What does homeowners insurance cover?

Getting your own homeowners insurance is a widely popular way to protect your property from harm.

But, not everyone is familiar with just what is covered by traditional homeowners insurance policies in America today. Oftentimes, many individuals do not proactively read their insurance policies to understand exactly what is covered and what is not covered under their plan, or they simply do not choose to get homeowners insurance in the first place. Being knowledgeable about the terminology that is used in homeowners insurance and the different coverage plans that are available can make you a smarter consumer, and give you the ability to prepare for the future.

Perils, Deductibles & Package Policies Defined

Some of the biggest factors that can help you to determine the homeowners insurance coverage that you need are perils, which are the causes of property damage or loss that are out of your control, and insurable by a third party. Out of all of the possible perils that you might imagine are possible to a home or property, only a limited subset of them are found in most homeowners insurance plans. This is called a package policy, because you can usually choose the bundle of covered perils that you would like to be able to insure. To learn more about some of the most common homeowners insurance package policies and the perils that are covered under them, it can be helpful to consider the following options:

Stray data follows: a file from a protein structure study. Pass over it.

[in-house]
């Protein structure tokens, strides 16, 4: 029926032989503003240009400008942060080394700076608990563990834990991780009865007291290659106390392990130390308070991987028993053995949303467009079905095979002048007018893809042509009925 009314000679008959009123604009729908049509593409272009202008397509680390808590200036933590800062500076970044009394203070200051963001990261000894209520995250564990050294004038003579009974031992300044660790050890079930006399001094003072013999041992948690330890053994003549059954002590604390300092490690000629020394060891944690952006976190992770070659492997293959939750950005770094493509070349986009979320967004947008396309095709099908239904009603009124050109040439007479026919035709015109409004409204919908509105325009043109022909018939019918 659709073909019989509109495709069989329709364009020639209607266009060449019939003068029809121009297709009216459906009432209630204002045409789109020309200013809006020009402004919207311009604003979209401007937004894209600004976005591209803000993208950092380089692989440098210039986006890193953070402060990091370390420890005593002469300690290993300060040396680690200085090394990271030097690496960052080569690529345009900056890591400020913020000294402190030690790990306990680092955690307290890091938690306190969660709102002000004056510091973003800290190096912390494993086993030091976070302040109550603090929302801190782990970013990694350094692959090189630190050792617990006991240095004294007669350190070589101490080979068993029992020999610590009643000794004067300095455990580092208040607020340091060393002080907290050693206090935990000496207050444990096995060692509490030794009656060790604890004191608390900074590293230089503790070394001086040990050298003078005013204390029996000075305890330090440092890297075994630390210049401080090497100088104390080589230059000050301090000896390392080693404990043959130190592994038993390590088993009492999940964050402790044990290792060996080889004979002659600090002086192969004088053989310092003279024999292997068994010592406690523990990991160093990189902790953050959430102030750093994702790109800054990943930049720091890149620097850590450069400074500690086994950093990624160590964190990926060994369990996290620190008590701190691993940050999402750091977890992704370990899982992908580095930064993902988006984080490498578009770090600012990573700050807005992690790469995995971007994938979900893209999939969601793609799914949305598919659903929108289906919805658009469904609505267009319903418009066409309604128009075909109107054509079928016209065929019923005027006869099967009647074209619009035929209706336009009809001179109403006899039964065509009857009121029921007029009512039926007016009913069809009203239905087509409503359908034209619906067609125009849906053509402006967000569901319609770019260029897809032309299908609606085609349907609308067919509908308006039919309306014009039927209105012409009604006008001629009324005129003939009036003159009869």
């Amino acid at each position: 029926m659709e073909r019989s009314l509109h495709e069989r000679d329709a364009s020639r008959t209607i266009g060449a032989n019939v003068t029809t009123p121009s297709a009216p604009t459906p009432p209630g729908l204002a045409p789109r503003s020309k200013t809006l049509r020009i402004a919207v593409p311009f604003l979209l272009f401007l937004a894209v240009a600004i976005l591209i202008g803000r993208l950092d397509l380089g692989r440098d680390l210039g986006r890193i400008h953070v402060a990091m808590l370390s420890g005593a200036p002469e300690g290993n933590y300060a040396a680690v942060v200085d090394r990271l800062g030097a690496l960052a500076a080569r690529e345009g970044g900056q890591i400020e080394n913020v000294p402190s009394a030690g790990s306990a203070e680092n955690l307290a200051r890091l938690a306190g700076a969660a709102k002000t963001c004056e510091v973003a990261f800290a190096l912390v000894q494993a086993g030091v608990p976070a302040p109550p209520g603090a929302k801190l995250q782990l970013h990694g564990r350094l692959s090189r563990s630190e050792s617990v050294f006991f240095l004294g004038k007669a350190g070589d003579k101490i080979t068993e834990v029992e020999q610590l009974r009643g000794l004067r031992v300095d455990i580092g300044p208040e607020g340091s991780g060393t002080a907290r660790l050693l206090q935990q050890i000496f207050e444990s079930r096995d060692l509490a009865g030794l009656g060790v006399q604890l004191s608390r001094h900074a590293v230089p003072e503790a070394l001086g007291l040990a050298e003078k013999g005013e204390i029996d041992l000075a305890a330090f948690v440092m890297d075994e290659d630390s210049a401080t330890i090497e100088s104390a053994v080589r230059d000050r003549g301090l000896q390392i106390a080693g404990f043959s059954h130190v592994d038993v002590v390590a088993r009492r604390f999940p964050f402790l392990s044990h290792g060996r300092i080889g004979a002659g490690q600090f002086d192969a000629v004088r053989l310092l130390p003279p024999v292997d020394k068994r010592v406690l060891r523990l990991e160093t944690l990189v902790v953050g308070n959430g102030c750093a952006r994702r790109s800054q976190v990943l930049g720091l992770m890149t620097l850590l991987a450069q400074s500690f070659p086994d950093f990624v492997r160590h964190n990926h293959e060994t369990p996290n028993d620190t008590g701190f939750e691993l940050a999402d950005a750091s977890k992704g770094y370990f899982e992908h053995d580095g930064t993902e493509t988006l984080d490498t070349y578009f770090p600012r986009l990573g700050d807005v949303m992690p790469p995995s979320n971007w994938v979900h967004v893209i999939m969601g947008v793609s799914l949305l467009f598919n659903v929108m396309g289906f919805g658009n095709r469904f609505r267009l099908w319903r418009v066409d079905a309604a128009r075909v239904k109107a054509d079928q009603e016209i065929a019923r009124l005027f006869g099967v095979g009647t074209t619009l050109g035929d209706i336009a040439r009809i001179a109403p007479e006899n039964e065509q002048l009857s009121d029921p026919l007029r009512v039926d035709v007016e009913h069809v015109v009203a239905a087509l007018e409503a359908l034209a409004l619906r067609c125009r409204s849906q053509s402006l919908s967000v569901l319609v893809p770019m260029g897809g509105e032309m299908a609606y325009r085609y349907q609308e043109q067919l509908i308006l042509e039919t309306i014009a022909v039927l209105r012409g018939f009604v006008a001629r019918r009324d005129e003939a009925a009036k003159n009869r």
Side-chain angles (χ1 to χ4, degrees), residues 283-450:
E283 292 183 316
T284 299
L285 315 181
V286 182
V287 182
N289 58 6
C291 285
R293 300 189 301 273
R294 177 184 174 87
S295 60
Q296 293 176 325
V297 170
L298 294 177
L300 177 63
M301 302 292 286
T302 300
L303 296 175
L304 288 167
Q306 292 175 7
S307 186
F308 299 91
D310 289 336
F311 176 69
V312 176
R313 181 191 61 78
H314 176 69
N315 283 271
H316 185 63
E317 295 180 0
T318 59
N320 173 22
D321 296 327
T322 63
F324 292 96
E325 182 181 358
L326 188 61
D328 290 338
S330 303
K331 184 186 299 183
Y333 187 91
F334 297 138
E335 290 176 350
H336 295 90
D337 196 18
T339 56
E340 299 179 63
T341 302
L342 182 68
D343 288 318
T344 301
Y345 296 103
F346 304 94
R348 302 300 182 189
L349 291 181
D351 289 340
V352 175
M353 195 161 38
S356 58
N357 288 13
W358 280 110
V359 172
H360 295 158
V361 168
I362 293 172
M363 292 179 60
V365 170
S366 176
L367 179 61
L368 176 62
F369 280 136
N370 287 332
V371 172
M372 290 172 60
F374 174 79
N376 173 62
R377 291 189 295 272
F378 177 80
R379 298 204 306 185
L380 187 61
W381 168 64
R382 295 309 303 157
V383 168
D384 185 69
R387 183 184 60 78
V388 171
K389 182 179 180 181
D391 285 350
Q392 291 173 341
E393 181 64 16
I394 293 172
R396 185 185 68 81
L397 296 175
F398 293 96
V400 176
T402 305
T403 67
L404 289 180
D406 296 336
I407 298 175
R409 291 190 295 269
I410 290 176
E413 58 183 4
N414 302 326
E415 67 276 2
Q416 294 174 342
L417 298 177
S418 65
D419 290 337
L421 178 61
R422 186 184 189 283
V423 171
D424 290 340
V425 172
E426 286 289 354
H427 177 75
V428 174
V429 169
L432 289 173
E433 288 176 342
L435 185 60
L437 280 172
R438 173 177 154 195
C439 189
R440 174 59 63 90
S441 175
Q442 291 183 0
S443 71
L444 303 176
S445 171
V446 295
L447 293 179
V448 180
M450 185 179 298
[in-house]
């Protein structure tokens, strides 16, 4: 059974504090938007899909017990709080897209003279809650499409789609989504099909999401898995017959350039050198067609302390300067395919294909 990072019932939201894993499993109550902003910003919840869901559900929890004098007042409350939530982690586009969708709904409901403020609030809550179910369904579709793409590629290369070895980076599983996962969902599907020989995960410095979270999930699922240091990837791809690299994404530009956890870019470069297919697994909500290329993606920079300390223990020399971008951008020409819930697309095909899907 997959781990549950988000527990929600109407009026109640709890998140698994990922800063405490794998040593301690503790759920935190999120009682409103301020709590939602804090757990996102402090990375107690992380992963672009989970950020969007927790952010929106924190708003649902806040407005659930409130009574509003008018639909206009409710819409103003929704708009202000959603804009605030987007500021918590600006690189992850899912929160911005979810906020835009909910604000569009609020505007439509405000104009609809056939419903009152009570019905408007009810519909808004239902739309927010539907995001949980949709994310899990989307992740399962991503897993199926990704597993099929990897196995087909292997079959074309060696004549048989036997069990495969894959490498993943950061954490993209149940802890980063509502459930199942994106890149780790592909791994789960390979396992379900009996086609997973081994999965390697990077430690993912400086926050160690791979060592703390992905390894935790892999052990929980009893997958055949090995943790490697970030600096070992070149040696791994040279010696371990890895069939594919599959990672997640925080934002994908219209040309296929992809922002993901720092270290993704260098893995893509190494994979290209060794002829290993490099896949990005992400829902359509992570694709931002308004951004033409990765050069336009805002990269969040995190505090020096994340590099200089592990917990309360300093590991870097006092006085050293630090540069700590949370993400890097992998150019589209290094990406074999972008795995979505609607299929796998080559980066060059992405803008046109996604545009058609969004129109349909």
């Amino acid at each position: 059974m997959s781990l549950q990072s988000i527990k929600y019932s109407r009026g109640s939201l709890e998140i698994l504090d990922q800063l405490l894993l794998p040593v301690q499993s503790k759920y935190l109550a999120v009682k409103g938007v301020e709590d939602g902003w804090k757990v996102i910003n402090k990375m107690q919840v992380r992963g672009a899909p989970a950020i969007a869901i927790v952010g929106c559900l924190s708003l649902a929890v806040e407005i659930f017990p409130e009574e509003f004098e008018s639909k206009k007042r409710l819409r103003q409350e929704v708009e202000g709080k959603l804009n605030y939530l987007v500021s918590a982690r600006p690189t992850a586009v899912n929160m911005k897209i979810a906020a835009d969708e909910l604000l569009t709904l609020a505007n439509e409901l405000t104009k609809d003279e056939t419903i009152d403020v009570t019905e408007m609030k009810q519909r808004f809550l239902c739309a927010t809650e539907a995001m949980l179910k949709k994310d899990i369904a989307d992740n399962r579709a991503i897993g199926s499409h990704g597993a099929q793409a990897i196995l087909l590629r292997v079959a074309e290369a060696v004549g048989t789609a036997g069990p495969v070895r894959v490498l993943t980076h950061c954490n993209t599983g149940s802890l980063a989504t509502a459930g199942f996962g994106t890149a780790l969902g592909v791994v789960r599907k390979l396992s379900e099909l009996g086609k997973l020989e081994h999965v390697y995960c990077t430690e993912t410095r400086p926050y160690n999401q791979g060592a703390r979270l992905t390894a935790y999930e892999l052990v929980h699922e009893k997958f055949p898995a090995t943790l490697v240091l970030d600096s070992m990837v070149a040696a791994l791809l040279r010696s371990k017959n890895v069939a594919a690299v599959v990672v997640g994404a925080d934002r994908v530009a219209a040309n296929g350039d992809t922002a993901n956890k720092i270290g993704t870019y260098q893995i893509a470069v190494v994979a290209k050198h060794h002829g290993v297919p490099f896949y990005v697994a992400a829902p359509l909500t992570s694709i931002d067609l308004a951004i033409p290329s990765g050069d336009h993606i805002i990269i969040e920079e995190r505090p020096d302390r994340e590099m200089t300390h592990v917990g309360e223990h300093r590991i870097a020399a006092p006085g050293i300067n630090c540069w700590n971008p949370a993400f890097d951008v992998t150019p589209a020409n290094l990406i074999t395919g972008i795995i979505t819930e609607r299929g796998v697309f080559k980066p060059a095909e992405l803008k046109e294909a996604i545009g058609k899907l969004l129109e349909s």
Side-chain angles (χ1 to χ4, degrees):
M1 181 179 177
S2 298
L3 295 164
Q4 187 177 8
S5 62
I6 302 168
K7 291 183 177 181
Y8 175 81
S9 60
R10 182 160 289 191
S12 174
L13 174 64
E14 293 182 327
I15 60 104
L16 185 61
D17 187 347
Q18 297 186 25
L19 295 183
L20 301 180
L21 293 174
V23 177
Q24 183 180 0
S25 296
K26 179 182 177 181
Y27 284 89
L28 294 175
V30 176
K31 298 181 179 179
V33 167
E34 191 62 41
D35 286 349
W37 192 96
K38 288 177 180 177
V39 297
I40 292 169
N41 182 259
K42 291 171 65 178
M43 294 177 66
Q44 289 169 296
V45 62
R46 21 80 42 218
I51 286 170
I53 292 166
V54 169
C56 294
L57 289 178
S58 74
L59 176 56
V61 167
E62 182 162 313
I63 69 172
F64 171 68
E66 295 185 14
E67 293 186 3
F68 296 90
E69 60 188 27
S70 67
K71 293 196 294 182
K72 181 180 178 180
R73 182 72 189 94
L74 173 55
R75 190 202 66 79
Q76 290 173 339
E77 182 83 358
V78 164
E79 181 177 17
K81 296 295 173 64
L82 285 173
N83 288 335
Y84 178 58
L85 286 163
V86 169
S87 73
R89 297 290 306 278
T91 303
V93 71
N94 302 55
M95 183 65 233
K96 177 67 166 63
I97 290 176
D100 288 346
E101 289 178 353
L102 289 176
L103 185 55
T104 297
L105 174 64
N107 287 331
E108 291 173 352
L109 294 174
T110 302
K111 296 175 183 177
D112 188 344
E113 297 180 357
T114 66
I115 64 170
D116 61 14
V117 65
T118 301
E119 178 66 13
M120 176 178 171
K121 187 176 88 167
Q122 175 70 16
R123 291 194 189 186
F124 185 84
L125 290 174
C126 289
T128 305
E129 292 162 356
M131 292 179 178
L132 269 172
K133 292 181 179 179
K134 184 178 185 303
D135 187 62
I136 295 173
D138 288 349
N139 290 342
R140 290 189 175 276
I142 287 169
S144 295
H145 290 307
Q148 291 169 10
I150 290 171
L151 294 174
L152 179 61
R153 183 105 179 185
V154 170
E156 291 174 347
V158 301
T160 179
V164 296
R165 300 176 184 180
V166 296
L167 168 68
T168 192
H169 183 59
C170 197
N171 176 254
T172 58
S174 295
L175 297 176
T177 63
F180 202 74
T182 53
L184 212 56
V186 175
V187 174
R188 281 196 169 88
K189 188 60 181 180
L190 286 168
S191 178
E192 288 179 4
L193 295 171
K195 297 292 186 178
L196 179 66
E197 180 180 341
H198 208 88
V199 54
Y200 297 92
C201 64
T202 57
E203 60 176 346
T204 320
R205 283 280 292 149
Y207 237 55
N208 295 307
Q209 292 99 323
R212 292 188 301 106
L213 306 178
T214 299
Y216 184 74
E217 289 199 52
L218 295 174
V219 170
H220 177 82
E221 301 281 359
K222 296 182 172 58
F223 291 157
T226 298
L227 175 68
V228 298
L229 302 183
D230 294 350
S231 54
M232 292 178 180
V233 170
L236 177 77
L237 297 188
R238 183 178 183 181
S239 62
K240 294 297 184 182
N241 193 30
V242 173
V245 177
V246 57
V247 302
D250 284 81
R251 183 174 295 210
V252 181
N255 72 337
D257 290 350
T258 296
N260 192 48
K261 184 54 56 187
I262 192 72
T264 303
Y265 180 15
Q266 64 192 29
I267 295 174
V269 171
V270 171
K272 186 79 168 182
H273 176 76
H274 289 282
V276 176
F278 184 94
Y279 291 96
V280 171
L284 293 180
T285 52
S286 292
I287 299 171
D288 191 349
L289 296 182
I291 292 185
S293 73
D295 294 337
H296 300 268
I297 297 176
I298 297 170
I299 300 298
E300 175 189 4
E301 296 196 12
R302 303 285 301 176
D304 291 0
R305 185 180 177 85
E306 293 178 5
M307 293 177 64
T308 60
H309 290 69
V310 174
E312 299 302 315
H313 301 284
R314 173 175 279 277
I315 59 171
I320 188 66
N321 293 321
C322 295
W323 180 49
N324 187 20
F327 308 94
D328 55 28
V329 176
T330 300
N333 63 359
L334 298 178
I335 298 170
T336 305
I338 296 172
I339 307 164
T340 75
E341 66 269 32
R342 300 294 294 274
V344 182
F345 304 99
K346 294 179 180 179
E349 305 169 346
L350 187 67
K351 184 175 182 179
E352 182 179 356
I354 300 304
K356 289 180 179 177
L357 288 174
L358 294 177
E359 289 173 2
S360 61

• Basic policies can vary depending on a few different factors, such as the company that provides them and the property that they are insuring. However, the most general package policies tend to cover fire/smoke, lightning, wind/hail, vehicle damage, aircraft damage, rioting damage, theft and vandalism. They also sometimes allow you to insure your personal property. Basic plans can change by region.
  • Broad policies often include all of the perils in the most basic policy, but they also have a wider range of coverages. These include ice, snow and sleet accumulation, air conditioning or heating system freezes, falling object damage, water or steam overflow, artificial electrical current damage and pipe damage. Broad policies cover personal belongings more frequently, and they also cover liability if someone is injured on your property.
  • Special policies are one of the most widely preferred types of homeowners insurance, because they cover everything in broad policies, as well as a variety of other perils that are not specifically named in the actual policy. This allows for a much more forgiving interpretation of your coverage options, and generally allows for much more financial aid to be given to those who need it. But of course, there are also often lists of perils that are excluded from this coverage.

There are also some other types of homeowners insurance policies, including more comprehensive policies that cover most of the common exclusions, policies for the belongings and liability of tenants, policies that cover older homes and more. However, these are the most commonly utilized coverage plans available.